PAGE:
Bronze Brno, and a Chinese Crested Powderpuff
taking a Chance on love
taking a Chance on love
Three dapper dudes
To see and be seen one of the blandishments offered by the blurb writer of Peacock Alley Bar for, looking back, that day two women, classical in inspiration if not origin, occupied my mind. The first, her back to me when I took my chair, turned to look as I sat and as she stared, I thought, as one does when a gorgon-gaze alights, quos deus vult perdere, prius dementat. There she sat, bringing to mind nothing less than a bridge-and-tunnel Fury, hair a perfect ice storm immobile as she chewed gum, sipped wine and turned her head towards her slack-bellied Perseus, planning her next pursuit. In reality, possibly, as kind a granny as one might wish but that image did not fit my sense of being found wanting, so sinking my thoughts into the sunny land of Blurberry, I sipped a "hand-crafted cocktail," and ruminated on the inventiveness of today's innovative cocktail culture. "There you go," I said, "thinking like a blurb, yourself now!"
As the three dapper dudes blathered I read that "Bar mixologist Frank Caiafa pour (sic) premium shelf, rare and house-infused spirits, classic cocktails and has invented a series of contemporary and exclusive libations" and wished for the days when mixologists were still barmen and barmaids (I know, I know ...) premium shelf was just top shelf, and we all believed what we tippled was made in a factory somewhere in New Jersey and, frankly, cared less.
Helen Mirren, the second woman of that day, is a marvel to more than me, I know. I had never seen her live as it were, and I'm loathe to say even after seeing The Audience she is one of the great actresses of our time – such a Vanity Fairish superlative, I feel – but she impressed the hell out of me that night. Who else at the age of sixty-nine could convincingly inhabit, however briefly, the role of of a twenty-something, grieving young woman and, further, have the emotional range (without the gothic histrionics expected from most actresses of the day) to portray not only a woman aging, but a monarch maturing, over a reign of sixty years during which she has to deal with twelve Prime Ministers who govern in her name. A "stellar" performance indeed and the supporting cast was equally brilliant - the actress playing Margaret Thatcher almost had me raging in my seat so much did I, and still do, despise the original. Harold Wilson, always my favourite PM was a joy to watch, and the actor playing Churchill played the great man right. It's real professionalism to do this every day, and it's real magic to make one forget the actor or actress and just see the character. Helen Mirren has both.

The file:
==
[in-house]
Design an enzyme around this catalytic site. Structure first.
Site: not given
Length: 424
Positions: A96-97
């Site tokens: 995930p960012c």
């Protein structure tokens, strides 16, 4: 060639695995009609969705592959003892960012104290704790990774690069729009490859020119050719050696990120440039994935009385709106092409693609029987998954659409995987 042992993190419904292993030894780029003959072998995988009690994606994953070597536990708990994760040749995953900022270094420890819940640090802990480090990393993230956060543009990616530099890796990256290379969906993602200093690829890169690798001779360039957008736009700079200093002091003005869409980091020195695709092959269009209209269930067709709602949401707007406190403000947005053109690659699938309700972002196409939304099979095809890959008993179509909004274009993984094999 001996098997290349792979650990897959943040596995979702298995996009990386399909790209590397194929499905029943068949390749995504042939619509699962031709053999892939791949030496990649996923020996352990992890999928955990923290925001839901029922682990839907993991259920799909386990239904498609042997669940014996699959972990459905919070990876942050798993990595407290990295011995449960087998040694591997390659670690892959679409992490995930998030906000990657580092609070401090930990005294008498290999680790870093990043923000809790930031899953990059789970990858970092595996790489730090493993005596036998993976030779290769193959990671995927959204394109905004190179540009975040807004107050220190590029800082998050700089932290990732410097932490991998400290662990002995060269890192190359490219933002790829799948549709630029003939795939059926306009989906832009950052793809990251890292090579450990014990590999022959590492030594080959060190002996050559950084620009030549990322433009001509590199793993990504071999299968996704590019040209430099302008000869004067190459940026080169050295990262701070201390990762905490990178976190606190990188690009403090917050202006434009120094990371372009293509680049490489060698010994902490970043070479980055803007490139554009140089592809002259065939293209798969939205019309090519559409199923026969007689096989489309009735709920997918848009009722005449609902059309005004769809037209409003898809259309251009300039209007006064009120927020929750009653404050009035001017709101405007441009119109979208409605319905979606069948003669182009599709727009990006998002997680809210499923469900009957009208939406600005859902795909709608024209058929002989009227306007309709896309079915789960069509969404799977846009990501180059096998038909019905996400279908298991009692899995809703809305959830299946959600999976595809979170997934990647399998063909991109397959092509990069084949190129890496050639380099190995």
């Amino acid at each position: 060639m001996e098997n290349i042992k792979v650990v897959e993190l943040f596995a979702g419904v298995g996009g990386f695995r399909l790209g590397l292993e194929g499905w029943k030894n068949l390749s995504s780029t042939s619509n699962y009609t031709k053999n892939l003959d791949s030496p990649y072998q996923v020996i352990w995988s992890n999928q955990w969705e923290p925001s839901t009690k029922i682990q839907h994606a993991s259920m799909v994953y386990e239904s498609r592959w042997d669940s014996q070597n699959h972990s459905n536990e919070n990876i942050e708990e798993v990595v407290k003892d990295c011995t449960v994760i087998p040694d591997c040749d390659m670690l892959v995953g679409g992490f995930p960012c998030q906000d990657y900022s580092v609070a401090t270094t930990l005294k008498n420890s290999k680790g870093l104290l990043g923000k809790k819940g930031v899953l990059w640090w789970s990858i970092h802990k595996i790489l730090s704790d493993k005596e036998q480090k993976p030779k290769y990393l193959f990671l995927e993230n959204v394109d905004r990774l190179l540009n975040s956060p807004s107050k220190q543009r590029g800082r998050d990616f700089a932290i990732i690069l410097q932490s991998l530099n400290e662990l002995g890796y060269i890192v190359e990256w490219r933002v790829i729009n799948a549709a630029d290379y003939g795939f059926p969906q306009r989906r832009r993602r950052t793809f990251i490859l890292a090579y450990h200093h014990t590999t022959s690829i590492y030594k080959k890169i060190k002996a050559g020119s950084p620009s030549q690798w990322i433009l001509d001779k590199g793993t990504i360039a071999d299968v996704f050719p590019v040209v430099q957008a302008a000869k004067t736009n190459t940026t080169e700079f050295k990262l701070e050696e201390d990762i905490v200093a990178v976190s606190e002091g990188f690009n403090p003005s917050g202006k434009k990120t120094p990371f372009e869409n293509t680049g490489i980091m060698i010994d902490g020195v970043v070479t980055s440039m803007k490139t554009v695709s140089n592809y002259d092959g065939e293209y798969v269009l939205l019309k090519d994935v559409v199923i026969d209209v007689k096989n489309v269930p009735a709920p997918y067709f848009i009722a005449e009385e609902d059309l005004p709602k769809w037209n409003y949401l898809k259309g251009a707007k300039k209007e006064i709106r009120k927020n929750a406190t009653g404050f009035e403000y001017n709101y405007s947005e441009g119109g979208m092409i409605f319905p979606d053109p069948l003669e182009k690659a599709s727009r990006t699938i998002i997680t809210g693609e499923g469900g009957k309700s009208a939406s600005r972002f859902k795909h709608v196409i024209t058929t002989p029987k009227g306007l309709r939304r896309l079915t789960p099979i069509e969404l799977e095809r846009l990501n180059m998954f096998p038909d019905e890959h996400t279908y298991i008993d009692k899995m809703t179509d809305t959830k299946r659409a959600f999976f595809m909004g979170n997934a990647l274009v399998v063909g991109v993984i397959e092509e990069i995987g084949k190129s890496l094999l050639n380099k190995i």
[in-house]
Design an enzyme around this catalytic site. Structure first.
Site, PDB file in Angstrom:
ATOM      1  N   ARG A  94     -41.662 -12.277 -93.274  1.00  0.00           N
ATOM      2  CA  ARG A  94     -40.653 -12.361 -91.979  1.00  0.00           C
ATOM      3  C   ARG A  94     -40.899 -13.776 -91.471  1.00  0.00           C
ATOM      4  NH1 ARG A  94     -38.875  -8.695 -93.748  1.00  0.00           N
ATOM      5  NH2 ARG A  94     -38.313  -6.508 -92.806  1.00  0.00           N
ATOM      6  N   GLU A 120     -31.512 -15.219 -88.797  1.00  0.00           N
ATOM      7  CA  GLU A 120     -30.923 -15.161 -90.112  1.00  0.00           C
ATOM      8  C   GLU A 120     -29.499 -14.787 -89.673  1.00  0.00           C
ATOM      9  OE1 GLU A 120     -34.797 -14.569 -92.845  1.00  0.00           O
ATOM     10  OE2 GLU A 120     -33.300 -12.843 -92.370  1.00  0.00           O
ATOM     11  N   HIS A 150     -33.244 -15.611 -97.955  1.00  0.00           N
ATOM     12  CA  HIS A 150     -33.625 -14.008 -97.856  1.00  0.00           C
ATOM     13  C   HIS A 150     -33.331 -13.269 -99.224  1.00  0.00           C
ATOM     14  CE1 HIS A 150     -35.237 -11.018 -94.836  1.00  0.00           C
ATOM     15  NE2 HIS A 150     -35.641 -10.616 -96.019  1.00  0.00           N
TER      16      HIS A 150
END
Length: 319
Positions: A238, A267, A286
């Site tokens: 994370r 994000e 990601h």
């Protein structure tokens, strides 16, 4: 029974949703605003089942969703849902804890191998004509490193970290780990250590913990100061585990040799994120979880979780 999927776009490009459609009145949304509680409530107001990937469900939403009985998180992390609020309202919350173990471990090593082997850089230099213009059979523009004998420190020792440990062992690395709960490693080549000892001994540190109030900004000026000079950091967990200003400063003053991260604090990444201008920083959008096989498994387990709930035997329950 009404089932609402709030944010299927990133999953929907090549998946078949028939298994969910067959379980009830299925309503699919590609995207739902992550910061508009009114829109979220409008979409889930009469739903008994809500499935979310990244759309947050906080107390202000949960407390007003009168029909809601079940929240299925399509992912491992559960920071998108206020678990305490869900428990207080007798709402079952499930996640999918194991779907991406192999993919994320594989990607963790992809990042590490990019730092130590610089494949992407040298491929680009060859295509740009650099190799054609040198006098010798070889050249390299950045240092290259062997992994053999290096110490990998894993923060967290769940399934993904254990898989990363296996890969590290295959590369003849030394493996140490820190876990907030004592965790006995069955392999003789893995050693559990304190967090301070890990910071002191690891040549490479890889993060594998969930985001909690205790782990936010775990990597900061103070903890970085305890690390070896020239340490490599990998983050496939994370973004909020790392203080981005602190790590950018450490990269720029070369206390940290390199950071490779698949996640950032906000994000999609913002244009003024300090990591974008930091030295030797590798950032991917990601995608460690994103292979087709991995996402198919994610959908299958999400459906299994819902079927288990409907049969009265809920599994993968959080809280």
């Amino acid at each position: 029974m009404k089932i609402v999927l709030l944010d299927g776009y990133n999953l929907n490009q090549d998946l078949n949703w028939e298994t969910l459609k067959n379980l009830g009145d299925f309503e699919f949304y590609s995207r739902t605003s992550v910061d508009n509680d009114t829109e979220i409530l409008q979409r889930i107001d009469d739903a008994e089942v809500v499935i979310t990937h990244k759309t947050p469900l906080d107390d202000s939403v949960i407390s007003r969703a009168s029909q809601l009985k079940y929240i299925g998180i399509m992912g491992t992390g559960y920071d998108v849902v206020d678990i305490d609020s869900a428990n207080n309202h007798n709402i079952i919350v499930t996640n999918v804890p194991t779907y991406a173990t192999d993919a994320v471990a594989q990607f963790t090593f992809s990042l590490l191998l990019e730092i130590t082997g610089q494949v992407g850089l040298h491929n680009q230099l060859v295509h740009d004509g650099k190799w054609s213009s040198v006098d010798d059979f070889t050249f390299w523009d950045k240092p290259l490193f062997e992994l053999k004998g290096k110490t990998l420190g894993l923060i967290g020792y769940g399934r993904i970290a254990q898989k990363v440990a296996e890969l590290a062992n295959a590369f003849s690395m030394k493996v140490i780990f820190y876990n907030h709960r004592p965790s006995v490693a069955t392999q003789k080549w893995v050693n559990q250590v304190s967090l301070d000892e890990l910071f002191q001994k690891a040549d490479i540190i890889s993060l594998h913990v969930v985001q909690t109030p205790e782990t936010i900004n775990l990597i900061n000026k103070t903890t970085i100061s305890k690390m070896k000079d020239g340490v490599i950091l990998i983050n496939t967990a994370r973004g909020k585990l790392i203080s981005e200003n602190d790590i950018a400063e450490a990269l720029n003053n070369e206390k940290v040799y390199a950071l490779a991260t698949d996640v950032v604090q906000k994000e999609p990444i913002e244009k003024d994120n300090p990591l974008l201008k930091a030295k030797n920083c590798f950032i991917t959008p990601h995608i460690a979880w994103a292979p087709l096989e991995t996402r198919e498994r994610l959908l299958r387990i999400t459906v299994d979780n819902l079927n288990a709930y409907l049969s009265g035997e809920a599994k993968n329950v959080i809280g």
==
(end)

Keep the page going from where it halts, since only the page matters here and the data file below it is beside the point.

I hadn't meant this to be a theatre review but I found The Audience so wonderful and perfect for a cold night in Manhattan and as a celebration of old friends' new lives in the city – with or without Belgian Loafers. In case you are interested, I do not own a pair and am not ever likely to.
When I stopped blogging three months ago I received many kind comments most of which expressed a wish that I would eventually reconsider. When I announced a few days ago I wanted to begin again I immediately began to receive comments welcoming me back. I was so moved and still am.
Someday I will write about a journey with a black dog (one that so many share) and if you want to see where my awareness of that journey began look for the gypsy caravan.